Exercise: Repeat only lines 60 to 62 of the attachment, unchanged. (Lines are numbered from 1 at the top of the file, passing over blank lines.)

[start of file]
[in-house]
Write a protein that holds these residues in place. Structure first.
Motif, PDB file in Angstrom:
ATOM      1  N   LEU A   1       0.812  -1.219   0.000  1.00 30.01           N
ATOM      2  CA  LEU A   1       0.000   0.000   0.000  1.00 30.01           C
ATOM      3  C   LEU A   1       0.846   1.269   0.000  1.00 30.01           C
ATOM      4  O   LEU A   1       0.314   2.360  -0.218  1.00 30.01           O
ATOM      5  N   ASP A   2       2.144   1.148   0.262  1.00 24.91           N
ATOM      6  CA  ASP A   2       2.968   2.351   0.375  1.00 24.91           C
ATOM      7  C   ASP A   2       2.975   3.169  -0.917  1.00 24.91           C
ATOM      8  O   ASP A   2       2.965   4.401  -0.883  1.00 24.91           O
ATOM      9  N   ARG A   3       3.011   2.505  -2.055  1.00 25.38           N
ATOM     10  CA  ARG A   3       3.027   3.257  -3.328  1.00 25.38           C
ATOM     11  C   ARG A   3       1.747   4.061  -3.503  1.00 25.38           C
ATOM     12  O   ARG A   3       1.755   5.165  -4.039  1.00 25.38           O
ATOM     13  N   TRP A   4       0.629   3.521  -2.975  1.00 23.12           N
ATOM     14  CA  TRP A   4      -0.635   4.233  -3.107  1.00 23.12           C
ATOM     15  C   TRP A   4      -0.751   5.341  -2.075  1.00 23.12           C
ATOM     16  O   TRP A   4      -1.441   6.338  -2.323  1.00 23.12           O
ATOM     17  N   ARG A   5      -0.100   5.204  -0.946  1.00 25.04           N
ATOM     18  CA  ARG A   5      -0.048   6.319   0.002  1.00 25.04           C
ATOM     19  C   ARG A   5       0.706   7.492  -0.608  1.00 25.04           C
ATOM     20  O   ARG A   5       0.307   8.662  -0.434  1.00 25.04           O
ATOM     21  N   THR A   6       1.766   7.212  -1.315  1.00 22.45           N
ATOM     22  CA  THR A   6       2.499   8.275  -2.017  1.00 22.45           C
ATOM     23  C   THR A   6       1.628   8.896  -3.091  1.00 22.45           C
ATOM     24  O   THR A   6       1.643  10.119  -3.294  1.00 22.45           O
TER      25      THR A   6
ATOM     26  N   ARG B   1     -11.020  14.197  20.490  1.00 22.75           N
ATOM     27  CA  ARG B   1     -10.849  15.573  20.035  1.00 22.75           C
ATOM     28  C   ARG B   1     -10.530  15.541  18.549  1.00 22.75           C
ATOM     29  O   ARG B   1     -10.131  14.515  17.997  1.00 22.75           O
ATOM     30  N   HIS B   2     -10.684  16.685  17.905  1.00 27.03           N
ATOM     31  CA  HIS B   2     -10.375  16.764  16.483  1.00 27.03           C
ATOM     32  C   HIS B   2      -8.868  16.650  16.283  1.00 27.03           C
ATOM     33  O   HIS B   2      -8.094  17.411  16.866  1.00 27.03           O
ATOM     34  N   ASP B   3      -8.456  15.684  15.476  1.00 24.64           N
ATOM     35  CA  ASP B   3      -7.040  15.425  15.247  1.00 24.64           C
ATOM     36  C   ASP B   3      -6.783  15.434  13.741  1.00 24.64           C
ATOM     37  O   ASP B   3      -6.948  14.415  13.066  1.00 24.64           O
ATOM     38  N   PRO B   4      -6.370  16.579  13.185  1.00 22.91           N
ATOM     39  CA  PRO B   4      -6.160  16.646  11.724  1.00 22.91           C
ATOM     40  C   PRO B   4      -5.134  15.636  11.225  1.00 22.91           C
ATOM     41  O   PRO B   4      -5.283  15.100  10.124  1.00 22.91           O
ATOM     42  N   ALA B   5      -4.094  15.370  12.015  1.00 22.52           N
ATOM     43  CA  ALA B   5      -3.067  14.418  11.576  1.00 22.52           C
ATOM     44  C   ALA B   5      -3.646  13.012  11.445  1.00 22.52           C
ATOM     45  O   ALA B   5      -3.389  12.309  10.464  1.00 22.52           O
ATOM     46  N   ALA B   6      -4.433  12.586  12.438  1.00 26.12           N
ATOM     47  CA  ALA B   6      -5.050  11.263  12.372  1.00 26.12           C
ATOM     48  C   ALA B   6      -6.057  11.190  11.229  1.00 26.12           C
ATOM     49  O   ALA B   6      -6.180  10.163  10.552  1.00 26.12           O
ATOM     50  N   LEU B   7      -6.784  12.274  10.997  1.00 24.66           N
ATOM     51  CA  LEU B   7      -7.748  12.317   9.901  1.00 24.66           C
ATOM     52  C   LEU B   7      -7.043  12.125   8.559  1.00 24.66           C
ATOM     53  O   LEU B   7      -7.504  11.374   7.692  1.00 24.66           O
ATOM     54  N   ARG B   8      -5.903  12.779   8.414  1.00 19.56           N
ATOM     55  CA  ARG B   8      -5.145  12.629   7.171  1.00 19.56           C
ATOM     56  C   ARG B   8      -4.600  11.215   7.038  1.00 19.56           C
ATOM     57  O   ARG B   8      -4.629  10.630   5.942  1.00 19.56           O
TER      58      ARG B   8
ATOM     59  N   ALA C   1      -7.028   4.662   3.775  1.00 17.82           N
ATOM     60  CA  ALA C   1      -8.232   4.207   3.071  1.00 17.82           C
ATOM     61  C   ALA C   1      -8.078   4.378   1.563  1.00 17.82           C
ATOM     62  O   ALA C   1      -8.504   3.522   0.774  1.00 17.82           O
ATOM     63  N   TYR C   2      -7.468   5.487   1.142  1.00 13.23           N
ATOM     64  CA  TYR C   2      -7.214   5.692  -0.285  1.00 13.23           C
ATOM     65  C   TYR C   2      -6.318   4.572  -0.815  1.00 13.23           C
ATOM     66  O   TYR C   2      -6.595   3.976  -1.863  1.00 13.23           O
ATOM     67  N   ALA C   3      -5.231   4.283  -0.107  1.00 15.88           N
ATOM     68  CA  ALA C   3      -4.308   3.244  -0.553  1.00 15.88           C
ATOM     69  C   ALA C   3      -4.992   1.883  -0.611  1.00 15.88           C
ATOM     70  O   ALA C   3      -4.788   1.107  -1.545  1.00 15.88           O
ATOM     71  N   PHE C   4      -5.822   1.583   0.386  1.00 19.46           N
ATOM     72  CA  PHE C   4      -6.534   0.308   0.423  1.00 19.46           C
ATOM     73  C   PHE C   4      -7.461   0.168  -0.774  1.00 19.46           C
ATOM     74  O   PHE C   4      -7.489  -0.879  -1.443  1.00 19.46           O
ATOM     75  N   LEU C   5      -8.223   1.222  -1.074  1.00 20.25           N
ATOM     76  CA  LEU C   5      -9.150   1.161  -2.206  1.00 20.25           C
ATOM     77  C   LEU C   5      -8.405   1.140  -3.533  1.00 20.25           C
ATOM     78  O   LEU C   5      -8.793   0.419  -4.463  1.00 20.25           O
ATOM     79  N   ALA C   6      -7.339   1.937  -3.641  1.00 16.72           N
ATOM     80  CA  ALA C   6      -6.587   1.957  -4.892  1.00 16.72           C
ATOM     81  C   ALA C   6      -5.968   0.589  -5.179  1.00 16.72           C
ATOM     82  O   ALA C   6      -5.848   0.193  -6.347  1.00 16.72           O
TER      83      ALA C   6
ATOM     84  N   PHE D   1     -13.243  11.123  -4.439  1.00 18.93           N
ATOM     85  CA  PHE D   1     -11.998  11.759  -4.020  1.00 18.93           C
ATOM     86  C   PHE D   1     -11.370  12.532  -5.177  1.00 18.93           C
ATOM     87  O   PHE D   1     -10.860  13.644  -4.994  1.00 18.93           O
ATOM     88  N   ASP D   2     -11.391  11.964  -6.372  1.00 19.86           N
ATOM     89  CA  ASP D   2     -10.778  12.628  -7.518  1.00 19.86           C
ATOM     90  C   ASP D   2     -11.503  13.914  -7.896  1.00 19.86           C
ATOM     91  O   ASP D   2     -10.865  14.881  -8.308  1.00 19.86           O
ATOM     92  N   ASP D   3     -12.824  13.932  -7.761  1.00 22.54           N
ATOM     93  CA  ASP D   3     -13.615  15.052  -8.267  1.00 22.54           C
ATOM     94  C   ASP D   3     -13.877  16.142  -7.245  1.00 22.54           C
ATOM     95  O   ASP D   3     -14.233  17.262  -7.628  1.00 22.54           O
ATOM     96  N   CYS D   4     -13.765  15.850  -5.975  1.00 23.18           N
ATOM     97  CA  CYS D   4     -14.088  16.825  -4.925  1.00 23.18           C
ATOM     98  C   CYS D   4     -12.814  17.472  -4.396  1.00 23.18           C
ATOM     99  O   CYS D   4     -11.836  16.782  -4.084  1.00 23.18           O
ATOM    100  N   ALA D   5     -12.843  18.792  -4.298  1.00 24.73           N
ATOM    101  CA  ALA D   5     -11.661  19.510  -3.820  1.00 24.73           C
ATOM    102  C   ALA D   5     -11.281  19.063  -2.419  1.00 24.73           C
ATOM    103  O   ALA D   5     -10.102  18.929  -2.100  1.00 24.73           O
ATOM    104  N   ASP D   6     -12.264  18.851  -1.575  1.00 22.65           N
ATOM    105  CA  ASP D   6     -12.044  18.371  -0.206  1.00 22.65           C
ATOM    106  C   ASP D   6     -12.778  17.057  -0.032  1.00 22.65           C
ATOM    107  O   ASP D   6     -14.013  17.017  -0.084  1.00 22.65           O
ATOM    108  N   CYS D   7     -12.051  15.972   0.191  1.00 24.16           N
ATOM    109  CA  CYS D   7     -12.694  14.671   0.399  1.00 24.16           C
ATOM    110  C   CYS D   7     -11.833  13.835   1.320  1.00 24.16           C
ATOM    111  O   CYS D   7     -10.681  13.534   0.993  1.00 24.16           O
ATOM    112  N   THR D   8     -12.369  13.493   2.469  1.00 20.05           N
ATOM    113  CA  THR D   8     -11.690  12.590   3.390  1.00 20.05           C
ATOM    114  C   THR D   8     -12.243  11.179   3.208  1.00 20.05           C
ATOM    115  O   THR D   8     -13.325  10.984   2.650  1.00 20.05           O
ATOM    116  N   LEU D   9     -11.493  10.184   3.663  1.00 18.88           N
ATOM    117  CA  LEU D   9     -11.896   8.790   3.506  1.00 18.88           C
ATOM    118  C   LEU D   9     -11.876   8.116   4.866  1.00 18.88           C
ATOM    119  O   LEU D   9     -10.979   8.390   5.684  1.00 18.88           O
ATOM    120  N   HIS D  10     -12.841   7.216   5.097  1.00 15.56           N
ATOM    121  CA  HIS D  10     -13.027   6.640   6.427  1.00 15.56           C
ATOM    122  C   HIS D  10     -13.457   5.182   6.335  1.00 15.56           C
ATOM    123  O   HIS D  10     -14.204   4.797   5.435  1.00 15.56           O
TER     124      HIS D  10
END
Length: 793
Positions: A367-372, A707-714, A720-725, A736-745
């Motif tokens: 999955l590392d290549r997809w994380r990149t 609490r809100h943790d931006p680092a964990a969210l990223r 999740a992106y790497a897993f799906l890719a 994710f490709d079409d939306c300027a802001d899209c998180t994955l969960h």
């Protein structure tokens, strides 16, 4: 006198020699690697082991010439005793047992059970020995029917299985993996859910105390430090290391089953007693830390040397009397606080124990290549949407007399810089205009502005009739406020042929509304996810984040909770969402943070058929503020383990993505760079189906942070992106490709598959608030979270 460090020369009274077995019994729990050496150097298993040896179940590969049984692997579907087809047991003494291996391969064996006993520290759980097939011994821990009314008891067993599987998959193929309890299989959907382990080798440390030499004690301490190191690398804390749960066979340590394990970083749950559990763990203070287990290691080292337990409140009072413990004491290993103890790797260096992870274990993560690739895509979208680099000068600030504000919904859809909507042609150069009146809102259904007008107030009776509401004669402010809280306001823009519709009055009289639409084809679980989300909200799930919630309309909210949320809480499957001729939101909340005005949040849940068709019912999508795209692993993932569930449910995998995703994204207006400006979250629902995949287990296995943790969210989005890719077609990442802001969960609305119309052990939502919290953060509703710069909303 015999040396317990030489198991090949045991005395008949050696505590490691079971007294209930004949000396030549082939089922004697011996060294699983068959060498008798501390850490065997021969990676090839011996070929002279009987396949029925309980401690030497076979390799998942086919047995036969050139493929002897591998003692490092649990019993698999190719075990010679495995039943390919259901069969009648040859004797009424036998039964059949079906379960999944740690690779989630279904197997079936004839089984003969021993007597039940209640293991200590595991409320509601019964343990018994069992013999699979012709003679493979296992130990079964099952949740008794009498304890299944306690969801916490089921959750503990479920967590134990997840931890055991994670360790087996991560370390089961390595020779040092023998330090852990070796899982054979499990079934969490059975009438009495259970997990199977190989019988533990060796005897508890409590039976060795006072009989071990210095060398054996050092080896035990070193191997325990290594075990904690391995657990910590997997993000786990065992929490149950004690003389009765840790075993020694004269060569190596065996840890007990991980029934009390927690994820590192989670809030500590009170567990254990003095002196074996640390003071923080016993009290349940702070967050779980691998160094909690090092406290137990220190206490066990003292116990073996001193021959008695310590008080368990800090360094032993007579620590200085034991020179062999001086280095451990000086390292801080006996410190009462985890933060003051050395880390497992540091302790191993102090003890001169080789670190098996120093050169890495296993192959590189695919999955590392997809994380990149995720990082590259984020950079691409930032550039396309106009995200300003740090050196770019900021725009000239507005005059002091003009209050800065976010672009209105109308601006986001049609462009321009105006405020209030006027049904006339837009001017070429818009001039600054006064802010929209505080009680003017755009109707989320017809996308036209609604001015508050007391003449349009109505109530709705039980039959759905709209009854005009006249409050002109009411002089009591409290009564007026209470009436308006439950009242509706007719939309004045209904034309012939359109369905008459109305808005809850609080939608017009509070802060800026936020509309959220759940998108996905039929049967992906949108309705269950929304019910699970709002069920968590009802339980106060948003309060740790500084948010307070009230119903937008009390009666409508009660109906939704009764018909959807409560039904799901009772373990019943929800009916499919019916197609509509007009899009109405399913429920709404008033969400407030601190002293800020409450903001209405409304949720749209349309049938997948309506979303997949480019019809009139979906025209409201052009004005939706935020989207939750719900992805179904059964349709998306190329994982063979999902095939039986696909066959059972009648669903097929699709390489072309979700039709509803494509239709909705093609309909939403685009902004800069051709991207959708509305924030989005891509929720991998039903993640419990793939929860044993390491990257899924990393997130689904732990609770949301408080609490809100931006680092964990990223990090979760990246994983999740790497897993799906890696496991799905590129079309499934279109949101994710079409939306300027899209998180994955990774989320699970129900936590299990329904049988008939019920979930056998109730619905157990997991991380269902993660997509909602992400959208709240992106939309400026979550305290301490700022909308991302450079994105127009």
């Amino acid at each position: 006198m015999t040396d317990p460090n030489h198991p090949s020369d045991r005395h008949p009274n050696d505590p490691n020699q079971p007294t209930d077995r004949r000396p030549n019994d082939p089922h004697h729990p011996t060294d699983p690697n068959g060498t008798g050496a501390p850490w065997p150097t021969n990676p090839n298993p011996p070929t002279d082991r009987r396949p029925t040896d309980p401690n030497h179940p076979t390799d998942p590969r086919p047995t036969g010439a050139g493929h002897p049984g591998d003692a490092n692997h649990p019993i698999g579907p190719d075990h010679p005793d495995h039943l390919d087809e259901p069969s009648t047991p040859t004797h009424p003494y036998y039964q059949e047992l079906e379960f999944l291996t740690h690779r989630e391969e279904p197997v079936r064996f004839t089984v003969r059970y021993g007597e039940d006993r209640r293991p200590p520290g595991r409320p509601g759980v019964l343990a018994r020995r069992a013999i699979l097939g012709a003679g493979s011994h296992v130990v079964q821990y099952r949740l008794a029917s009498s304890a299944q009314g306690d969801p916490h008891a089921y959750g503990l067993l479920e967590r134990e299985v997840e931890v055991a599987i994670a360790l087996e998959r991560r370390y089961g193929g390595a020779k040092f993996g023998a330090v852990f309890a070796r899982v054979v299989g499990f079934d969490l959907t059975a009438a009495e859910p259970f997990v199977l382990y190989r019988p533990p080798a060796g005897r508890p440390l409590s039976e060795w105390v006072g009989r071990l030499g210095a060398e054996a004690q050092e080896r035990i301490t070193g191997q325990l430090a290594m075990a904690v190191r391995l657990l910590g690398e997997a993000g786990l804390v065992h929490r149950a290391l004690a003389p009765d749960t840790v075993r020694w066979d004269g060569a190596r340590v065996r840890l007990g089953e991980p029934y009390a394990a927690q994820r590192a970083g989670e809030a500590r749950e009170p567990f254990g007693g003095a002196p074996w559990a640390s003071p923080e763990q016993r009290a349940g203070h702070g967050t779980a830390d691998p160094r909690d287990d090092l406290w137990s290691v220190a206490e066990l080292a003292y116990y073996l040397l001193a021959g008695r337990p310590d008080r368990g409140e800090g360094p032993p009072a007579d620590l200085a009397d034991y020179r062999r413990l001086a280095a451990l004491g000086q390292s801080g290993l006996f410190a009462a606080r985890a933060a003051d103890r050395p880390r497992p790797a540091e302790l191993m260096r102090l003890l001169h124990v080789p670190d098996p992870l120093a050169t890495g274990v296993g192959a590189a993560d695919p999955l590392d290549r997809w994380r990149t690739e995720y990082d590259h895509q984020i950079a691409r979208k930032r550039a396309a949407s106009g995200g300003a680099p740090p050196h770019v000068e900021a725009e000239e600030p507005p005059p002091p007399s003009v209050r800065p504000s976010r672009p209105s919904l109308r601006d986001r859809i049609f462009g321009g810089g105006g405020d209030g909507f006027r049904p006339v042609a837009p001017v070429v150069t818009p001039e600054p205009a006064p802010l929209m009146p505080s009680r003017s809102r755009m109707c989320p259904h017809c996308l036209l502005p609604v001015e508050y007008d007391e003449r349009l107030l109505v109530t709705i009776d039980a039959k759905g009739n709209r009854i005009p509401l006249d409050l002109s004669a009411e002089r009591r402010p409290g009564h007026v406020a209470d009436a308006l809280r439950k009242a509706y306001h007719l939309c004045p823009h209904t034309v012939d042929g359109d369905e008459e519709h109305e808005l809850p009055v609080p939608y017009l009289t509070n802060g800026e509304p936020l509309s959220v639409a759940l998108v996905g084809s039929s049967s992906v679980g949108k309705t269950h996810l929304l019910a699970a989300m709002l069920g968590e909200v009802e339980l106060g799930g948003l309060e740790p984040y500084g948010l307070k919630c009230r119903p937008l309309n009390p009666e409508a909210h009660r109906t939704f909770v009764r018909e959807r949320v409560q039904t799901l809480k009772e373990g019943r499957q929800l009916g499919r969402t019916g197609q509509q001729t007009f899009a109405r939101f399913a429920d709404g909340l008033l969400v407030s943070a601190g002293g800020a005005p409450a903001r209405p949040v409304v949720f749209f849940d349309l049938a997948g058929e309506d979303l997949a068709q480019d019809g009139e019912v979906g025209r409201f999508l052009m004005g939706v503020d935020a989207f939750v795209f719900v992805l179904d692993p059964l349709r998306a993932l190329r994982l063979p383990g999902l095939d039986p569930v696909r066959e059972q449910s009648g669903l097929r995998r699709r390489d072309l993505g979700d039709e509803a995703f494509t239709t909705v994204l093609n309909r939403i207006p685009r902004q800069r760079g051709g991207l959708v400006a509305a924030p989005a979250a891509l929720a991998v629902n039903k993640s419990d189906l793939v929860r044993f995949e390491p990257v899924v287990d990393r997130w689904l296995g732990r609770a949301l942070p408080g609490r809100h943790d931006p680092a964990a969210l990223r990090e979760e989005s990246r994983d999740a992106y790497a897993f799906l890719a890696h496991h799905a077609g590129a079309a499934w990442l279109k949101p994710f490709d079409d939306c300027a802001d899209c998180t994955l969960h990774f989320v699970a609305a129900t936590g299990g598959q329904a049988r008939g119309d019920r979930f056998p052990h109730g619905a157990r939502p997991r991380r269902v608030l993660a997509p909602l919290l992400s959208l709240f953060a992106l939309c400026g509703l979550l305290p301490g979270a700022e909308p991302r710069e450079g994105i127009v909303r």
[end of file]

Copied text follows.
ATOM     57  O   ARG B   8      -4.629  10.630   5.942  1.00 19.56           O
TER      58      ARG B   8
ATOM     59  N   ALA C   1      -7.028   4.662   3.775  1.00 17.82           N